The middle of the road is all of the usable surface. The extremes, right and left, are in the gutters.
The supreme quality of leadership is integrity.
It is not enough to take this weapon out of the hands of soldiers. It must be put into the hands of those who will know how to strip its military casing and adapt it to the arts of peace.
Against the dark background of the atomic bomb, the United States does not wish merely to present strength, but also the desire and the hope for peace.
A voter without a ballot is like a soldier without a bullet.
We cannot risk living all our lives under emergency measures.
The national government was itself the creature of the States...Yet today it is often made to appear that the creature, Frankenstein-like, is determined to destroy the creators.
Our economy is the result of millions of decisions we all make every day about producing, earning, saving, investing, and spending.
One day the people of the world will want peace
so much that the governments will have to get out
of their way and give it to them.
But all history has taught us the grim lesson that no nation has ever been successful in avoiding the terrors of war by refusing to defend its rights -- by attempting to placate aggression.
What is important is seldom urgent and what is urgent is seldom important.
You will not find it difficult to prove that battles, campaigns, and even wars have been won or lost primarily because of logistics.
We must be strong at home if we are going to be strong abroad. We understand that. So we want to be strong at home in our morale or in our spirit, we want to be strong intellectually, in our education, in our economy and, where necessary, militarily.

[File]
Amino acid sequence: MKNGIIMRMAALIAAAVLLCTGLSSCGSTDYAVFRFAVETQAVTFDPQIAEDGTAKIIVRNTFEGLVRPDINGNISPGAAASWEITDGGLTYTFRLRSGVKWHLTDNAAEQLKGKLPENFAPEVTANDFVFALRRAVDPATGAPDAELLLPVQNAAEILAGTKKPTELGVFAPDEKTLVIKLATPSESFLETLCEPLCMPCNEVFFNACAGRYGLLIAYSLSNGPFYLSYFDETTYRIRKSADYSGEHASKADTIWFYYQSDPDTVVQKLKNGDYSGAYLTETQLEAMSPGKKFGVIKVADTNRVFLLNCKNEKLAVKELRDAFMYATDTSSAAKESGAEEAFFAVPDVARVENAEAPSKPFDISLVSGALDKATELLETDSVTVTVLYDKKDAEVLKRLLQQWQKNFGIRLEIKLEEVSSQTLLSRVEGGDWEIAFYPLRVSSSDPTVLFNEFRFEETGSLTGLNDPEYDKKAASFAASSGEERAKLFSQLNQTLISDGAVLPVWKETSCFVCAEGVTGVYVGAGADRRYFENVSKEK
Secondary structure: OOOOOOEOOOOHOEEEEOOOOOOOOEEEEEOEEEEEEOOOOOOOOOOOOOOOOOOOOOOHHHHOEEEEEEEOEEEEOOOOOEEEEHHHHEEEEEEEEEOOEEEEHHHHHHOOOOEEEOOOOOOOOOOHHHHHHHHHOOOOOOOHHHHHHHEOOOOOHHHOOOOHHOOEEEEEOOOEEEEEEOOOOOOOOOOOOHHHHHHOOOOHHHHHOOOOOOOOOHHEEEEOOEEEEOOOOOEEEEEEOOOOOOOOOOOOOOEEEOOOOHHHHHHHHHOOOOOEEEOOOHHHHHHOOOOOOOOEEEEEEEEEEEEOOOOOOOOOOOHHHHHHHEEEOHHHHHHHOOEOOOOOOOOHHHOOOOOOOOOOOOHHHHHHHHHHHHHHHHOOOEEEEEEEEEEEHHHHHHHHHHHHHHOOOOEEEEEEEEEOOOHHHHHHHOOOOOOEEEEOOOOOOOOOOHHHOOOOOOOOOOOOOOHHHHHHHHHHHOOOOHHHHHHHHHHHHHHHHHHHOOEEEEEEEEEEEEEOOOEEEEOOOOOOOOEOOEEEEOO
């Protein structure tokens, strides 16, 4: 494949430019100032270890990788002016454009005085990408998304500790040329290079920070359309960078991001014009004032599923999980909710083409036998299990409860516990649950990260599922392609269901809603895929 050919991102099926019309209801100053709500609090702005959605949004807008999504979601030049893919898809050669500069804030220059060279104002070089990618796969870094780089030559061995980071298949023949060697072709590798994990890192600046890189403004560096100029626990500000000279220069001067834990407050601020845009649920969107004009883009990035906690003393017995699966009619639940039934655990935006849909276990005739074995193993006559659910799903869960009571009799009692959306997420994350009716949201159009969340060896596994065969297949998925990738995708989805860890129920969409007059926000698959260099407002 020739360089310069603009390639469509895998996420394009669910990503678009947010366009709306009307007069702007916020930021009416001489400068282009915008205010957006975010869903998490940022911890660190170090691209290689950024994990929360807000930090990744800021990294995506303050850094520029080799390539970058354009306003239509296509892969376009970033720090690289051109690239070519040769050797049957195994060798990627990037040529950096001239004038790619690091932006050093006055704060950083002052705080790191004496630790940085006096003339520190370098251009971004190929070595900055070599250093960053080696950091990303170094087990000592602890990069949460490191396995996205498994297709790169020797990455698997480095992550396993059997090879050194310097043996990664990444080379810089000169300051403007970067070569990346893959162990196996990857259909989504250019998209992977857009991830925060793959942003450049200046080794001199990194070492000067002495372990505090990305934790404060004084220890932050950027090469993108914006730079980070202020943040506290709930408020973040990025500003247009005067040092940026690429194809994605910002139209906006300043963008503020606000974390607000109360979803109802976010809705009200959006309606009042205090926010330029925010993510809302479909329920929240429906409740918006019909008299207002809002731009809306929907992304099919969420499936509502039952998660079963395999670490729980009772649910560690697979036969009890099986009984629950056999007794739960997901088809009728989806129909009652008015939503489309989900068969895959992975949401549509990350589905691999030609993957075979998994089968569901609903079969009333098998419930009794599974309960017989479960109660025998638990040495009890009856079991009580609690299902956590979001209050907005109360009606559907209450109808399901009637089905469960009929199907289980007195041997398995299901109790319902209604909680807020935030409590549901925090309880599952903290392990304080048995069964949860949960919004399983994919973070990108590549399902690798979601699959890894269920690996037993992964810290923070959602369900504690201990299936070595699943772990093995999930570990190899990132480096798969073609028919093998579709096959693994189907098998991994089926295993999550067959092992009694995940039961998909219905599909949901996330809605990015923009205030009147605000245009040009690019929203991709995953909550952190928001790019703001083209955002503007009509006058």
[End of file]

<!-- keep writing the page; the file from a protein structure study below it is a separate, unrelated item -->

We have heard much of the phrase, peace and friendship. This phrase, in expressing the aspiration of America, is not complete. We should say instead, peace and friendship, in freedom. This, I think, is America's real message to the rest of the world.
How far have we come in man's long pilgrimage from darkness toward light? Are we nearing the light-a day of freedom and of peace for all mankind? Or are the shadows of another night closing in upon us?
Every gathering of Americans-whether a few on the porch of a crossroads store or massed thousands in a great stadium-is the possessor of a potentially immeasurable influence on the future.
Freedom bestows on us the priceless gift of opportunity -- if we neglect our opportunities we shall certainly lose our freedom.
No easy problems ever come to the President of the United States. If they are easy to solve, someone else has solved them.
Public opinion wins wars.
No one should be appointed to political office if he is a seeker after it.
The world no longer has a choice between force and law; if civilization is to survive, it must choose the rule of law.
Guns and tanks and planes are nothing unless there is a solid spirit, a solid heart, and great productiveness behind it.
Firmness in support of fundamentals, with flexibility in tactics and methods, is the key to any hope of progress in negotiation.